Found Tesla on the Moon: It All Depends on How You “Spin” It!

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— Tom Gale

I found Tesla on the moon!  Well, his thoughts on the moon anyway… 

What do a sheep, a goat, the moon, Nikola Tesla and Chinese New Year have in common? NO, it’s not the beginning of a bad joke where Nikola Tesla walks into a bar in Chinatown with a goat under one arm and a sheep under the other! They actually do have something in common and it’s controversy … oh, and auspiciousness, of course!! What?!?  Hold on … we’ll get there!


Sheep versus Goat!

Chinese New Year began this week, February 19th, 2015. It is marked by the Lunar New Year and each new year is always represented by a different zodiac creature. The creatures repeat depending on the date and time. This year, the Chinese New Year is represented by the Goat … or is it a Sheep? It all depends on how you interpret the facts. One would think that something so commonly observed would be clear. It is a very old tradition and celebration. However, when one examines what appears, on the surface, to be obvious, it instantly creates debate! This particular creature is represented by the Chinese word “yang.” Yang can mean “goat,” or “sheep,” or “ram” depending on context. Given the geographic and cultural disparity among those who celebrate Chinese, or Lunar New Year, there is often debate about which is correct). In the end, though, everyone does agree that it is the year of the “Yang” and that the zodiac creature is a positive omen of auspiciousness, which is the most important thing to recognize!

Spin Doctor – Tesla on the Moon

What does all this talk about “Yang” have to do with Tesla? Well, February 1st of 1919 was also a Lunar New Year, and it also was the year of the “Yang” (i.e., goat/sheep/ram). However, it is also the date on which Tesla’s article called Famous Scientific Illusions, was published in The Electrical Experimenter.  In this article, Tesla describes “The Illusion of the Axial Rotation of the Moon.”   Anyone who has looked at the moon many times through a telescope, and certainly anyone in astronomy, knows that when we look at the moon, we only ever see one side of it, regardless of when you look at it and where on the planet you are when you look at it. This single-sided moon effect is created because, despite revolving around the earth, the moon always turns its face inward toward the Earth. The common scientific description for the motion of the moon is called “Synchronous Rotation” and it is simply explained by this image and also in the video below.

Spin by Any Other Name

Tesla didn’t challenge that the moon always faces the earth, but he did challenge the notion that it was rotating on its own axis and, in doing so, challenged the science of the day. Many in the scientific community sent letters after his article was posted and the New York Tribune published an Article chiding Tesla for his view. Tesla wrote rebuttals, but he also published two more articles on the subject in The Electrical Experimenter in order to clarify his argument ( one in April, 1919 called “The Moon’s Rotation” and another in June, 1919 by the same name “The Moon’s Rotation” ).  In the June article, Tesla gave a detailed description of his argument using mathematical principles of physics of angular, rotational, and translational motion to describe why he felt that the moon’s spin was not properly called rotation upon its own axis (for a primer on rotational and translational energy, see this video). The scientific community wasn’t prepared to concede and Tesla’s view on this topic is not one widely described or credited. Omission of Tesla’s views and a lack of credit is a common historical theme for Tesla, so this is not a surprise. However, Tesla’s description was a debate about a commonly observed phenomenon that, upon closer inspection, may not be as clear as it first seems. We all agree that the moon faces the earth with only one side as it revolves around the earth, but Tesla challenged our view of what we take to be the obvious mechanics behind that motion and the semantics behind those mechanics.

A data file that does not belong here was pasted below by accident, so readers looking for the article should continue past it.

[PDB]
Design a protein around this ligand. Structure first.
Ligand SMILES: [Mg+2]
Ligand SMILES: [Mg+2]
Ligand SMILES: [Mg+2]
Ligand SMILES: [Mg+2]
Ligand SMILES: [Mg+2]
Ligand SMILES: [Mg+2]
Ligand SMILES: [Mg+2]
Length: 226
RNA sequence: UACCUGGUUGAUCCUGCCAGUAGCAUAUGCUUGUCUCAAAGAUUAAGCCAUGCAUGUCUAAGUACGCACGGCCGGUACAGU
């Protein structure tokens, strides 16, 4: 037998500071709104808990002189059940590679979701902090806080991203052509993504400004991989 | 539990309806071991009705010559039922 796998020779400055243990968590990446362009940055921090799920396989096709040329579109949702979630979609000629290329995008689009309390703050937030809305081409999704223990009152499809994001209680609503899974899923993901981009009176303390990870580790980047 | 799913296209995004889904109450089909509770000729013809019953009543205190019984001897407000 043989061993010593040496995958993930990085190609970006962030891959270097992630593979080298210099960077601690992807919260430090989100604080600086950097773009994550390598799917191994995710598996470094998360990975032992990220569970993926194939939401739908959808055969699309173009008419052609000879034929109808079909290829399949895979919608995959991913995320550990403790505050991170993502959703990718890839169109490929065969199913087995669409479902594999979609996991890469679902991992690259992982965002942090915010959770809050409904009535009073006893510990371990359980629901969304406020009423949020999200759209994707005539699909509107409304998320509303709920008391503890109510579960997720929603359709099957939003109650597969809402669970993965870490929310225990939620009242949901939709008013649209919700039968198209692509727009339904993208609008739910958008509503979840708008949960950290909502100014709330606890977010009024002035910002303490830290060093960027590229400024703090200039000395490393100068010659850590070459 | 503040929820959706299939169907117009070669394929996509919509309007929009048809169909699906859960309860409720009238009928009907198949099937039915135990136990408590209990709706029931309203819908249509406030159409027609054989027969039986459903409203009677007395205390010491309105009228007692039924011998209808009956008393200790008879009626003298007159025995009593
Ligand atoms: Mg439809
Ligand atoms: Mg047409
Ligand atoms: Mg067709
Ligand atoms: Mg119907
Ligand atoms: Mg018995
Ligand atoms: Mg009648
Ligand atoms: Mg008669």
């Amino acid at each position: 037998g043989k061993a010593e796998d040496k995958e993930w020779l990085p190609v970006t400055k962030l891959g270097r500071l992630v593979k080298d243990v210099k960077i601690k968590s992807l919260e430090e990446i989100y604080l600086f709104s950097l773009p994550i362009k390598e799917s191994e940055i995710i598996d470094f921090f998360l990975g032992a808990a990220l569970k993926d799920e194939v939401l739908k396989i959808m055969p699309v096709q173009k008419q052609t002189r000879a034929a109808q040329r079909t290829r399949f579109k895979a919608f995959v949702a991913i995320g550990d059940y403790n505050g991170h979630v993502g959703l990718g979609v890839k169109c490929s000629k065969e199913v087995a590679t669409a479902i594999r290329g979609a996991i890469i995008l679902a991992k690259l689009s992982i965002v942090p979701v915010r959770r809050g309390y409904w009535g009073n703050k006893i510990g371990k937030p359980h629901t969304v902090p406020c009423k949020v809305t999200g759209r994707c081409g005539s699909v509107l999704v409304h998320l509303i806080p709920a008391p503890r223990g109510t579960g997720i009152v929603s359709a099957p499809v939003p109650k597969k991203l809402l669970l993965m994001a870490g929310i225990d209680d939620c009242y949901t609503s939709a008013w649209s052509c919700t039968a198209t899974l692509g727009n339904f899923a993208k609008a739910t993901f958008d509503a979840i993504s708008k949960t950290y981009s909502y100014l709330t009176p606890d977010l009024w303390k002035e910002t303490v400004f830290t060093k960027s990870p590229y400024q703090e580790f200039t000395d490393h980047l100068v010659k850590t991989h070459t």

There are No Big Coincidences or Small Coincidences! There are Only Coincidences!

Sheep! Goat! Rotational motion! Translational Motion! Let’s call the whole thing off!

No matter where you come down on either of those two debates, there is a rather funny coincidence.   Tesla sparked a debate about the way we think about the motion of the moon on the very date of the Chinese Lunar New Year that is represented by “yang.” Both the “moon’s motion” and “yang” are commonly observed and thought to be commonly understood by the communities that observe them. Upon further examination, one can raise ambiguity and debate by focusing on what we all commonly “know” to be true. How curious that the date of Tesla’s article coincided with the ambiguous yang?

Another interesting coincidence is that “Yang” is the sign of “auspiciousness,” which is defined as “showing or suggesting that future success is likely.” Tesla is famously known for his statement:

“Let the future tell the truth, and evaluate each one according to his work and accomplishments. The present is theirs; the future, for which I have really worked, is mine.” – Nikola Tesla

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